I start to wonder if I’ll find a new place to teach yoga once we’ve settled in our new home. I haven’t led a yoga class in over a month being tied up in this move. I feel the tension climbing down my neck and behind my shoulder blades. Stress likes to sit back there, curled into a tight ball and it becomes more and more gravitational the longer I go without slowing down and stretching out properly. It begins to pull at the muscles along my spine and even down into my ham strings.

I think about the yoga class I led at my ranch several months ago—Yoga with the Donkeys is what I called it. I had so many friends attend that night and we raised several hundred dollars that went directly to saving donkeys. I wonder when I’ll see those friends again…north Texas will be a long way away. 

The moving van’s blinker begins to flash and as a caravan, we all change lanes in the blackness of this new night. We still have a ways to go.

An image of Little Foot’s bedroom (which I guess is now his old bedroom) appears in my mind. Hours ago, I stood in that doorway, nothing but indents in the carpet from the moved furniture and the dream-like memories left inside the room. I remember the first time I walked in there and saw him standing upright in his crib—he looked so big. He grinned with only a couple teeth, proud of his accomplishment. I don’t remember what I said to him, but he bounced up and down, giggling wildly. I remember once, when I’d come down the hallway, I heard him chattering in there and when I peeked in, I discovered that he was flipping through “Brown Bear, Brown Bear” and reciting every line as if he knew how to read it all by himself. I thought my heart might stop when I saw that. He emphasized the words just as I had when I’d read it to him. He loves his books.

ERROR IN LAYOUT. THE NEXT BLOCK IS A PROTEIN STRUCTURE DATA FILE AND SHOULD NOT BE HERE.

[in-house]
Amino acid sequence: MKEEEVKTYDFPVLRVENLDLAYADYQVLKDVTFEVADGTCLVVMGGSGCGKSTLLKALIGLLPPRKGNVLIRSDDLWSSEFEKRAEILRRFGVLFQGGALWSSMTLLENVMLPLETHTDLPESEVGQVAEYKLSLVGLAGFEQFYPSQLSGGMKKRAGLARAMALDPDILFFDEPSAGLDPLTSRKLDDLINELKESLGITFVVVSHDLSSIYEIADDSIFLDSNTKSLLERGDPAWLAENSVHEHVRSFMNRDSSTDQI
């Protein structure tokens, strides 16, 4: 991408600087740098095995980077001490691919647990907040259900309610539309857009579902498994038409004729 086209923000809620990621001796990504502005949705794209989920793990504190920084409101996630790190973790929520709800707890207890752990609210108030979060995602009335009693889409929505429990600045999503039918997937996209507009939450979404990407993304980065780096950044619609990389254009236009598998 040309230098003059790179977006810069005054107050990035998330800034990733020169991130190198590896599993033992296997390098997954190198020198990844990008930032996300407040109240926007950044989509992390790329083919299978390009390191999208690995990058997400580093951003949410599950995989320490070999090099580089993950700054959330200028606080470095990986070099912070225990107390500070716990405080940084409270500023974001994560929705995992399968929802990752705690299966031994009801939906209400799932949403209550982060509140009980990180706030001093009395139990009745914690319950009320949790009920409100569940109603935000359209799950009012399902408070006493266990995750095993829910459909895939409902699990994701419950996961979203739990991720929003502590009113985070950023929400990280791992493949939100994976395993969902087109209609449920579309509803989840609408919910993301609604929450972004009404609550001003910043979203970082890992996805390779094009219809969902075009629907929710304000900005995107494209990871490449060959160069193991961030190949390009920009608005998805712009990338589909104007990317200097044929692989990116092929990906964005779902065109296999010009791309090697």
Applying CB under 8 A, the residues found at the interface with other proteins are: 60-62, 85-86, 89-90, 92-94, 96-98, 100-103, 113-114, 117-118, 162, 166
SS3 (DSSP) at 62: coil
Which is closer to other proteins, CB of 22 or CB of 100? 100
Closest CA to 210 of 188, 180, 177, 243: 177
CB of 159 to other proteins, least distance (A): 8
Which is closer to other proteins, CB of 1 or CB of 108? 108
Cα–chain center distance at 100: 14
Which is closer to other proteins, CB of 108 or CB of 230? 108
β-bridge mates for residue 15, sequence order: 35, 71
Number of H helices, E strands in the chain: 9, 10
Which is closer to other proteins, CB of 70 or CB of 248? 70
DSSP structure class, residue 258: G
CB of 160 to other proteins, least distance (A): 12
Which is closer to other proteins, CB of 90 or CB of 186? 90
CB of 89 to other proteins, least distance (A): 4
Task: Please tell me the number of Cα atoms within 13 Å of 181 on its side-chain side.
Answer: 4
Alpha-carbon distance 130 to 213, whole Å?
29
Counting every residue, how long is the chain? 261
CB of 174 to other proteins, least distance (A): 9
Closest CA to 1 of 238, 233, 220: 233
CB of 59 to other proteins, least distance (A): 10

I blink my eyes a few times, the taillights of the moving van blurring through my tears and I glance at Wednesday whose eyes are still not fully shut. She must be exhausted. I am.

I wonder if the people who move into our old home will like the painting I’d left on the fence in the garden or if they’ll get rid of it. I always thought of my garden as my own, secret garden only instead of a robin, there were two cardinals.

FB_IMG_1511983524805-01.jpeg

It’s all happened so fast—two and a half years have opened and shut so quickly and now, I’m driving away from what seems like a single, snapped Polaroid photo—the memories of it all stuck in that blurry, creaminess that appears before the picture fully develops. It’s done. Our time at the ranch where this whole Donkumentary began has come to an end, the shadow of the back cover of this large book closing all around me as I zoom down this dark, wooded highway.

I don’t yet know if there will be a sequel or a continuation of this here bloggery. This feels like a clean end and an opportunity to begin building new things upon a more solid foundation than when I began before. I also just don’t know what the days, weeks, or months ahead look like. I have no clue.